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November 20, 2022 Mandeville, La.

The Louisiana Iris Conservation Initiative (LICI) held a Louisiana iris planting event at the Pelican Park Recreation District #1 located near Mandeville, LA. on November 19th. This was the second planting event LICI held since the project began in late 2021. Even though it was a cold, damp morning with rain threatening, over 30 volunteers came out to plant the estimated 600 irises.

Pelican Park is a taxpayer-supported park near Fontainebleau State Park and the Northlake Nature Center. It is 550 acres in size and consists of 32 athletic fields, a 3-court gym, a 4-court gym, the 46,000 square foot multi-purpose Castine Center, paved roads, a walking trail, dog park, batting skate park, sand volleyball courts, 18 hole disc golf course, and parking for over 1,700 vehicles.

LICI was contacted in August by Louisette Scott, Environmental Educator for Pelican Park in 2021 about finding locations on their property to plant Louisiana irises. Part of Louisette's responsibilities is to manage and increase the number of native plants growing within the park. An agreement was quickly reached that allowed LICI to use a low detention area and a nearby long linear detention area as the location for the irises to be planted.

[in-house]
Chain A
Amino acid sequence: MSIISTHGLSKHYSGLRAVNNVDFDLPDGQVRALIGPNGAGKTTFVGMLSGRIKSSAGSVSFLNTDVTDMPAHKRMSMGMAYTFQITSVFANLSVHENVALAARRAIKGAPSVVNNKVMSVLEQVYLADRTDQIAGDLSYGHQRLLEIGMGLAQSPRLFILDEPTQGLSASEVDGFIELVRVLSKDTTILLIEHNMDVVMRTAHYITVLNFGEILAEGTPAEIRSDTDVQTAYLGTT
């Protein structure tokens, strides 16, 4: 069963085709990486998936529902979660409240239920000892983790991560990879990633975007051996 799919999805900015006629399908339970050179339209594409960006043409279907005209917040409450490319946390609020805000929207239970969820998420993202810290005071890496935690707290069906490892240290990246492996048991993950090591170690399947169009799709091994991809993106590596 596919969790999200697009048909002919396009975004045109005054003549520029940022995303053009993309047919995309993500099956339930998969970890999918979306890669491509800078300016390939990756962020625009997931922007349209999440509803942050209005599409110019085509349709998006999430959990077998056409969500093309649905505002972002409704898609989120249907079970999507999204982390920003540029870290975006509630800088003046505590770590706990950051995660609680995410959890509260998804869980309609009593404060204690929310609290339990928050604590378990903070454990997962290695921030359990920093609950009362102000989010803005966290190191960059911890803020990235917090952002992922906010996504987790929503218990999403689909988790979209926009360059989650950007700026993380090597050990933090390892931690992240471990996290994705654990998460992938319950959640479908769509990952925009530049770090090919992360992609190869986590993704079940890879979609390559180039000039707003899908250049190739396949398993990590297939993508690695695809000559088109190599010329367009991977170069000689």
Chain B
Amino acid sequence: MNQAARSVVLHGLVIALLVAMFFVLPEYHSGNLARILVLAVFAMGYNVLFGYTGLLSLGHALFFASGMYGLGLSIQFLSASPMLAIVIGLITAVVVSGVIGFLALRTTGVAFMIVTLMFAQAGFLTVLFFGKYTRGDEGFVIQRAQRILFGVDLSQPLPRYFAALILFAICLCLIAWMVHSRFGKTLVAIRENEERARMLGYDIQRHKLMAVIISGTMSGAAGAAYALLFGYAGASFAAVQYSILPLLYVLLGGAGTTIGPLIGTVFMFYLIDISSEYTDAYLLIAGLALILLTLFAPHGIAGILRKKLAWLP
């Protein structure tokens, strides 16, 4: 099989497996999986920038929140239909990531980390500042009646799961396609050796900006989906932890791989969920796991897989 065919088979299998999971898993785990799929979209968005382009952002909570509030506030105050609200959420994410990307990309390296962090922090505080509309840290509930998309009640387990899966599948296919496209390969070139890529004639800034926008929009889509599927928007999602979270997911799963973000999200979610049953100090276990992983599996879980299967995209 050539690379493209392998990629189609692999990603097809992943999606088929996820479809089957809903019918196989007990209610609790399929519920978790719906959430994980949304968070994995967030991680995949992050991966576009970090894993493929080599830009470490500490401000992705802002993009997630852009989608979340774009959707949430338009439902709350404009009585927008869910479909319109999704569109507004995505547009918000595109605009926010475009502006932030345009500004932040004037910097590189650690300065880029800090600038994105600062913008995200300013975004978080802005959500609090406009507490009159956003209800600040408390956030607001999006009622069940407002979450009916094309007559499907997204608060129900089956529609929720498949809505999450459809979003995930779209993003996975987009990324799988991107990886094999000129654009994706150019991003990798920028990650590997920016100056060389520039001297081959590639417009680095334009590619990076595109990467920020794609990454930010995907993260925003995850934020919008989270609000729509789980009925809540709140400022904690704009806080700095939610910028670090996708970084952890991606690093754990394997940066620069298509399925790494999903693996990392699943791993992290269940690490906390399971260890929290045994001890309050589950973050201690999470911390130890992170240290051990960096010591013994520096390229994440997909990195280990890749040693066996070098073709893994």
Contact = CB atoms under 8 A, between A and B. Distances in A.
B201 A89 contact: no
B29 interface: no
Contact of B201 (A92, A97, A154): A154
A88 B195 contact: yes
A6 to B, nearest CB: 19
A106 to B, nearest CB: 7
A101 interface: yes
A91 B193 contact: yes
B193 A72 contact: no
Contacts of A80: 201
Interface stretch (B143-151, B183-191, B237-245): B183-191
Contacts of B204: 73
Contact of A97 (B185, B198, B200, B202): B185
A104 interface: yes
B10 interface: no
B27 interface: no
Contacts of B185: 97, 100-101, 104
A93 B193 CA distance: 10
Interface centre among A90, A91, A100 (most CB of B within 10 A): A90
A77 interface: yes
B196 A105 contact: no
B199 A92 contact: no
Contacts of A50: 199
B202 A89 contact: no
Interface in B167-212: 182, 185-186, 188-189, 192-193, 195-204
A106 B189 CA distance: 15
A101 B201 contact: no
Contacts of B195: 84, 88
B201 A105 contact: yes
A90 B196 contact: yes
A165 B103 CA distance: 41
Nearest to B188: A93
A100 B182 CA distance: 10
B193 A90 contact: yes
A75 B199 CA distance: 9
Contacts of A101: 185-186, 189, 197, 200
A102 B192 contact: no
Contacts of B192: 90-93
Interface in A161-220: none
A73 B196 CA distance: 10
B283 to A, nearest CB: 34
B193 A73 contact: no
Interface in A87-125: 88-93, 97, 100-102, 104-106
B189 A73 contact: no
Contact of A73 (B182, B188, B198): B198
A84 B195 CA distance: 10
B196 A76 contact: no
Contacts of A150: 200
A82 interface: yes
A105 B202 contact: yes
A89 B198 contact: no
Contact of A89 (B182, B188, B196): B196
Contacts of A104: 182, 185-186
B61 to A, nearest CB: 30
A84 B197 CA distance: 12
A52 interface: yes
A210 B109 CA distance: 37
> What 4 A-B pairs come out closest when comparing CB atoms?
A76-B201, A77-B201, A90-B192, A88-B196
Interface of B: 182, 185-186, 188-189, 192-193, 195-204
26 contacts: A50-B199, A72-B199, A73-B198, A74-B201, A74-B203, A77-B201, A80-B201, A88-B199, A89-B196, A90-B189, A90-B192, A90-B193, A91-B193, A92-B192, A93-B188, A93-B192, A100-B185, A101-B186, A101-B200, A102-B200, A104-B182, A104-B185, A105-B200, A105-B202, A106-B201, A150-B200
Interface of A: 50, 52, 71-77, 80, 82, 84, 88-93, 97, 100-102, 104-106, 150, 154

The iris planting site is near the park's Gold and Silver Complexes parking lots within a portion of the disc golf course.

LICI currently has six locations in public places, including Pelican Park, where they plant rescued irises as a place for them to multiply on their own without any maintenance being needed. The landowners in each of the six locations have agreed to allow LICI access to the irises to thin them out in future years to use on other iris restoration projects. "This gets the irises out of harm's way where they are currently growing in locations where they are threatened with destruction and "parks" them in a protected location where we can have future access to them. Its a win/win deal for all involved, is the way we see it", says Gary Salathe, a board of directors member of LICI and the lead for them on the Pelican Park project.

The six locations are in addition to LICI's usual public planting sites at area wildlife refuges, and nature preserves where they plant the irises in their natural habitat.

The linear detention area is shown next to the Silver Complex parking area before the grass and weeds were cut in early September.

The blooming irises will be in view to the public, which furthers LICI's goal of raising awareness of this native Louisiana plant. "Over 1 million visitors per year use the park. On any given weekend day there could be as many as 12,000 people attending various organized sporting events", Executive Director of the park, Margie Lewis says.